Where were you when you heard the news?

Do you remember where you were on 9/11?

Many can vividly recount the details of that awful day, whether they were in New York, New Jersey or elsewhere. In fact, a new poll from Harris Interactive revealed that 95 percent of people clearly remember where they were when they heard about the attacks; 84 percent said they very clearly remember.

The day affected people differently. To this day, many still worry about another attack.

“Even though it has been 10 years, the impact of 9/11 is something that was not constrained to just that one day or even to a few weeks after the attacks,” Regina A. Corso, senior vice president of the Harris Poll, Public Relations and Youth Research, said in a news release. “Not only did more than two in five Americans experience effects such as worry or anxiety after the event, almost half of those people say they are still experiencing effects a decade later.

“But, what is nice to see, is that not all effects are negative,” Corso added. “Almost half of Americans say they, as a result of 9/11, are trying to appreciate life more, and one-third are trying to spend more time with family, loved ones or friends.”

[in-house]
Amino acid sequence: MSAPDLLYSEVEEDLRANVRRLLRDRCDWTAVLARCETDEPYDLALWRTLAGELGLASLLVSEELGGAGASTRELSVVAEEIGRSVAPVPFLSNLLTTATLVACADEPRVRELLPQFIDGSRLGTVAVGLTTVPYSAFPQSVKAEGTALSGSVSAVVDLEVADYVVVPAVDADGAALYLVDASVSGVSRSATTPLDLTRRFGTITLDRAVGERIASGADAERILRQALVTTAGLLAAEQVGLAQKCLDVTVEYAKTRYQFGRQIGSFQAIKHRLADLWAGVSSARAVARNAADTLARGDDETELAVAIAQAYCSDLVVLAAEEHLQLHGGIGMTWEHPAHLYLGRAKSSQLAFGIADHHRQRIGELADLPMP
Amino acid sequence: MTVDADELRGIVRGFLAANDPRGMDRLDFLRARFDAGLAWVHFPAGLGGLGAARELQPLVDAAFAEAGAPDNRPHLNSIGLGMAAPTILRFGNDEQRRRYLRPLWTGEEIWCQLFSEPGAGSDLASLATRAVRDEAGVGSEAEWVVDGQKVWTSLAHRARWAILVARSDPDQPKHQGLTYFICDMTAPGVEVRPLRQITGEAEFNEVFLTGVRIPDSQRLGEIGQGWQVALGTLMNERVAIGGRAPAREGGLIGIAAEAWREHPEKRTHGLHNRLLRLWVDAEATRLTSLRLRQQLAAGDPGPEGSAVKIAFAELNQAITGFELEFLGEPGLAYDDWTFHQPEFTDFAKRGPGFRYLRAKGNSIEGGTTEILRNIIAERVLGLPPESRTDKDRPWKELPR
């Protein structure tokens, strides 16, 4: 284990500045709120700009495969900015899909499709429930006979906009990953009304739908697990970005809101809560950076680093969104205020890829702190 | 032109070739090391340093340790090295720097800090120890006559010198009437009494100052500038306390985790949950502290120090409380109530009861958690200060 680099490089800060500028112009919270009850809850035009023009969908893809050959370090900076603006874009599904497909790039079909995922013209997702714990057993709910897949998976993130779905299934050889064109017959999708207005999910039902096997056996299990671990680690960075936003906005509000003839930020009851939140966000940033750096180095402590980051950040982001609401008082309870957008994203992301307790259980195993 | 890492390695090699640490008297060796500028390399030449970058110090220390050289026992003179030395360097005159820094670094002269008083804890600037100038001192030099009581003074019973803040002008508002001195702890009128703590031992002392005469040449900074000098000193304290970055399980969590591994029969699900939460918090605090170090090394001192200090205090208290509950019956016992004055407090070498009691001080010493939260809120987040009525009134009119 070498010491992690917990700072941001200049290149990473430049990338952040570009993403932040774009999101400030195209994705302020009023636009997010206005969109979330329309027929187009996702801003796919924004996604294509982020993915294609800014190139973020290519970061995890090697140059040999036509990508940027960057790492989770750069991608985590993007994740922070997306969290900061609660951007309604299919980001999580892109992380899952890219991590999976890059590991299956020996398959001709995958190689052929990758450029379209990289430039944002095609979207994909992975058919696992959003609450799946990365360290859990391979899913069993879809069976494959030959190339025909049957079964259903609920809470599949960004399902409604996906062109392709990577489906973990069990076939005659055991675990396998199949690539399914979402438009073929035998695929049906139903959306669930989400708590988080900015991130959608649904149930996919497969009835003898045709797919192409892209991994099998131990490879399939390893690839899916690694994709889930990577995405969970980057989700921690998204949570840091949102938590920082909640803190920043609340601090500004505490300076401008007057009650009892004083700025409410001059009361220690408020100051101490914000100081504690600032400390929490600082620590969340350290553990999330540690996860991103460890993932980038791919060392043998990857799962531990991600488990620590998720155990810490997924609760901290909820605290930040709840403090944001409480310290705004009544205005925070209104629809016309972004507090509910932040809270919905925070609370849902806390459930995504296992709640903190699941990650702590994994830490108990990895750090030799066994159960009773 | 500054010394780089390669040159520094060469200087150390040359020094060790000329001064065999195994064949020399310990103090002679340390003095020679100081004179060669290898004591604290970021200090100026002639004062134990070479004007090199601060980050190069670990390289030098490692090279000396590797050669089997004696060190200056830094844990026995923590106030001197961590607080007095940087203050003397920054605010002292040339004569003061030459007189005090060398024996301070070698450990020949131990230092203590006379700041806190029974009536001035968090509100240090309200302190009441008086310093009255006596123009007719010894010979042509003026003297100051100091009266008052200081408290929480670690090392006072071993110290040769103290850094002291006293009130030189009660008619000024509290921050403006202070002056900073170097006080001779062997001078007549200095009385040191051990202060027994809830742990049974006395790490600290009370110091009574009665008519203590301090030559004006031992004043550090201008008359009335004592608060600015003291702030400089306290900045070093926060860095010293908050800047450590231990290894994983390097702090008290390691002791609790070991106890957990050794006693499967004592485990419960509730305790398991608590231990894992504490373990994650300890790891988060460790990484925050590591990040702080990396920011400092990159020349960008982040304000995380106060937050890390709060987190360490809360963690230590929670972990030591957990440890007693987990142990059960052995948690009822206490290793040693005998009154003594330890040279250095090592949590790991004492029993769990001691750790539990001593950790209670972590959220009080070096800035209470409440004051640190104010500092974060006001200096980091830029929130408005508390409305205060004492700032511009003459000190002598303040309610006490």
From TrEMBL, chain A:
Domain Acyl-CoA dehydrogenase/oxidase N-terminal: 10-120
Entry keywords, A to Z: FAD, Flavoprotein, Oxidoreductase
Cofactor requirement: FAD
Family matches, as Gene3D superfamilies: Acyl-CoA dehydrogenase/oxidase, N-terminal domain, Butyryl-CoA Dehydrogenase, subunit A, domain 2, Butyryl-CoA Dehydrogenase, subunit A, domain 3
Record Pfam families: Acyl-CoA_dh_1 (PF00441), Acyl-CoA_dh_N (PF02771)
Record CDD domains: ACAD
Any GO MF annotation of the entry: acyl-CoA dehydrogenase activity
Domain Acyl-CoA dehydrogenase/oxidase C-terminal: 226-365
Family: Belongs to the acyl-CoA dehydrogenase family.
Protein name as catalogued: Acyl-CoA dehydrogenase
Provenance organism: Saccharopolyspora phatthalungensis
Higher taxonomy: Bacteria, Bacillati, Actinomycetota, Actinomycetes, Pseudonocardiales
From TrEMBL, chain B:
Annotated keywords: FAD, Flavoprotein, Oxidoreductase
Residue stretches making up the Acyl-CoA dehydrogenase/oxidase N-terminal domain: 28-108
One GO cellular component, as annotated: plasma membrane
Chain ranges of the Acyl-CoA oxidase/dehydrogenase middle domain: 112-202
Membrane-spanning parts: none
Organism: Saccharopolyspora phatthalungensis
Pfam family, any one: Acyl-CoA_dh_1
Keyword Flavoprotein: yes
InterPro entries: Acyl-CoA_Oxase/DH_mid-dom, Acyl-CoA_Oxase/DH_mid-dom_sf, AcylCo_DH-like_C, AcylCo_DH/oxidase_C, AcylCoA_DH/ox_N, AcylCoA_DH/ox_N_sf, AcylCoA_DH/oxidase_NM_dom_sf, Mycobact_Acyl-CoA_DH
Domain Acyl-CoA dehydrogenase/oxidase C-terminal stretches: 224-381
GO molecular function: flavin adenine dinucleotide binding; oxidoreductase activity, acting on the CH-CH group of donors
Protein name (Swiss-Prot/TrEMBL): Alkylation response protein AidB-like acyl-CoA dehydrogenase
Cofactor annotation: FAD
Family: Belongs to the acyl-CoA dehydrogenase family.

To commemorate the 10th anniversary of the attacks, U.S. Sen. Johnny Isakson, R-Ga., attended a memorial event at Kennesaw Mountain National Battlefield. Through Friday, 3,000 American flags – one for each person killed 10 years ago – placed by the Marietta Kiwanis Club will remain on display at the national park.

“On the anniversary of the horrific attacks of September 11, 2001, all of us as Georgians and Americans pause to pray for the victims and the survivors of that terrible day, whether it was in New York City, the Pentagon or Shanksville, Pennsylvania,” Isakson said in a news release. “It was a day that opened with great hope of blue skies and a warm autumn and soon became the most tragic day in American history.

“I ask Georgians to pray that our country continues to have the inner strength both to move forward and to protect our citizens in the years to come,” Isakson added. “I also ask that we remember and express our gratitude for all of the men and women in our Armed Forces who sacrifice to keep us safe and in some cases, have paid the ultimate price.”

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Express Telegraph

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